You’ve slipped the bookmark out from between the pages, closed the back cover of the book, and released a pent up sigh that’s been held in for over 50,000 words. It was good. Oh it was real good. Satisfying in every way that it needed to be. It touched all the right places and maybe even left you wanting more. Yeah, it was good. Real good.
Eventually you have to slip out of your reader’s reverie and snap back into reality. The reader’s hangover is never pleasant and the itching jonesing that follows for a new paradise, a new adventure, a new heroine, a new lover are hot on your heels. But before you leap into your next world of fiction, take a minute to pause and write up a review. Be the book peddler you are and encourage other readers to be sucked into the world you just left; perpetuate the cycle of good literature, and tell the world how much they are missing having not read what you’ve just read.
Writing a positive review seems simple enough and, honestly, it really is. No author is going to turn down a praising review no matter how it is tossed together, but for the sake of future readers, you want to give it a little more thought and care. That’s what we forget so often – a review benefits the author, yes, but they are intended for people who might pick up the book. We, the battle weary veterans, must tell them whether or not it’s a good idea… and then explain why.
Here are some helpful tips for writing a positive book review:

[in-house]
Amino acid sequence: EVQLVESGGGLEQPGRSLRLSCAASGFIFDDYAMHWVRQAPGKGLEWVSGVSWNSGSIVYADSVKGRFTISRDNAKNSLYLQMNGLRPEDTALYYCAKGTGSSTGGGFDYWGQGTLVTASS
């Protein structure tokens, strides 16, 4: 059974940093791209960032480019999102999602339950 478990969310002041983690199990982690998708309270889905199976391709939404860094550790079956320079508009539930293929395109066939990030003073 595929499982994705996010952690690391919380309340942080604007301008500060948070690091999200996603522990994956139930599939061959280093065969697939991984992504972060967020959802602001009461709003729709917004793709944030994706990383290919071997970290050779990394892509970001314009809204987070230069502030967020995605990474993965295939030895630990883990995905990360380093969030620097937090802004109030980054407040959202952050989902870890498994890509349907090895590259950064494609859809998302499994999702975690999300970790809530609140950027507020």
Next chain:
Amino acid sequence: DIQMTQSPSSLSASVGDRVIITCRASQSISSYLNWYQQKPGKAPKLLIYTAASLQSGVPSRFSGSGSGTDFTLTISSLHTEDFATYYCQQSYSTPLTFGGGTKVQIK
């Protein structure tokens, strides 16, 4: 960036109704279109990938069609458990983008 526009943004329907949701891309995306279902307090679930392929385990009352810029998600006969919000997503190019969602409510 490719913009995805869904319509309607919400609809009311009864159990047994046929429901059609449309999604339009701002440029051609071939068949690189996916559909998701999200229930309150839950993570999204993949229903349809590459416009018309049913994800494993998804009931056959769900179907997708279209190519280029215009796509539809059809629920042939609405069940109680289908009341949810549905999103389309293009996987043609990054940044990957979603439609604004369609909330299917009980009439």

Check out the blog post dedicated to structure which clues you in to the basic look and content of the review. The Intro, Synopsis, Background Info, What Your Liked, What You Didn’t Like, and Recommendation are all important pieces to include if you have the time.
Read through your review after you’ve written it and send it through a Word .doc to make sure the spelling and grammar police have had a go at it. Punctuation and spelling are important because when you start to talk lyk dis m8, u loose all credibility. (Ya feel me?)
Another aspect to this topic is making sure you know what you’re talking about. If you aren’t 100% sure about a character’s name or job, etc., look it up in the book or (if a popular book) online. I’ve read reviews where people have misquoted the book, written the wrong name, etc. for a book I know thoroughly well and it drives me nuts. It all goes back to the credibility piece… did you actually read the book? Were you paying attention? How can I trust you if you call it Henry Porter and the Cup of Flames? If you don’t have time to go back and confirm a piece of information leave it out or find another way to talk about it.
There’s no need to write an essay about a book when it comes to reviews. They need to be less than 500 words if you’re trying to catch people’s attention and aren’t writing it for a blog or news article. If it’s too long people will skip right over it and go to the next guy who only left a paragraph. Give them the essence of what you have to say rather than adding a bunch of filler with metaphors and “I think what she meant there was this….”
Too short, however, and you end up leaving out important bits of information. So find balance.
Don’t be afraid to get a littler personal if the book evoked an emotion in you. Great literature leaves you thinking, feeling, and seeing things differently so talk about it! Do you believe in magic? Or are you remembering what it felt like to be a kid for a little while? Has the novel put into words things you couldn’t identify about yourself? Or what about the physical sensations you felt throughout – did the hair raise on the back of your neck…. maybe you started to sweat? Let future readers know this book is powerful in whatever genre it finds itself in.
The last thing to do is make sure you post the review on Amazon, etc. More on that next week.